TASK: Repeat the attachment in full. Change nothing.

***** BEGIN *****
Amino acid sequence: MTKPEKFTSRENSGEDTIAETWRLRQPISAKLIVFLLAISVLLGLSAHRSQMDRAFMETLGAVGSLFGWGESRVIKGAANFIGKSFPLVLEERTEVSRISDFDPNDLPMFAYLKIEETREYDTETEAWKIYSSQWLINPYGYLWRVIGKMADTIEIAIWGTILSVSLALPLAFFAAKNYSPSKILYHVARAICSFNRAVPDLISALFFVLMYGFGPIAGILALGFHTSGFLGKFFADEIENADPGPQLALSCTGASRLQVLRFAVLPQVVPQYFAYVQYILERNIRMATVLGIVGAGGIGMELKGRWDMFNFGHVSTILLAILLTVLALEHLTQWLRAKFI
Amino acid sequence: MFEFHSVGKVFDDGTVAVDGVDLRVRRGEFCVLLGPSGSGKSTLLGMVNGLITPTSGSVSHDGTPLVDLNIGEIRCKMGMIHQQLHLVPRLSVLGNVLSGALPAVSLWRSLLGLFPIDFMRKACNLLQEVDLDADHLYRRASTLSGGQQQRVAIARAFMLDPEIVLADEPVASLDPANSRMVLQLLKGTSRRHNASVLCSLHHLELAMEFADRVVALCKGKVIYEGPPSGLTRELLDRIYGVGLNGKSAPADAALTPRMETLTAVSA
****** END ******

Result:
Amino acid sequence: MTKPEKFTSRENSGEDTIAETWRLRQPISAKLIVFLLAISVLLGLSAHRSQMDRAFMETLGAVGSLFGWGESRVIKGAANFIGKSFPLVLEERTEVSRISDFDPNDLPMFAYLKIEETREYDTETEAWKIYSSQWLINPYGYLWRVIGKMADTIEIAIWGTILSVSLALPLAFFAAKNYSPSKILYHVARAICSFNRAVPDLISALFFVLMYGFGPIAGILALGFHTSGFLGKFFADEIENADPGPQLALSCTGASRLQVLRFAVLPQVVPQYFAYVQYILERNIRMATVLGIVGAGGIGMELKGRWDMFNFGHVSTILLAILLTVLALEHLTQWLRAKFI
Amino acid sequence: MFEFHSVGKVFDDGTVAVDGVDLRVRRGEFCVLLGPSGSGKSTLLGMVNGLITPTSGSVSHDGTPLVDLNIGEIRCKMGMIHQQLHLVPRLSVLGNVLSGALPAVSLWRSLLGLFPIDFMRKACNLLQEVDLDADHLYRRASTLSGGQQQRVAIARAFMLDPEIVLADEPVASLDPANSRMVLQLLKGTSRRHNASVLCSLHHLELAMEFADRVVALCKGKVIYEGPPSGLTRELLDRIYGVGLNGKSAPADAALTPRMETLTAVSA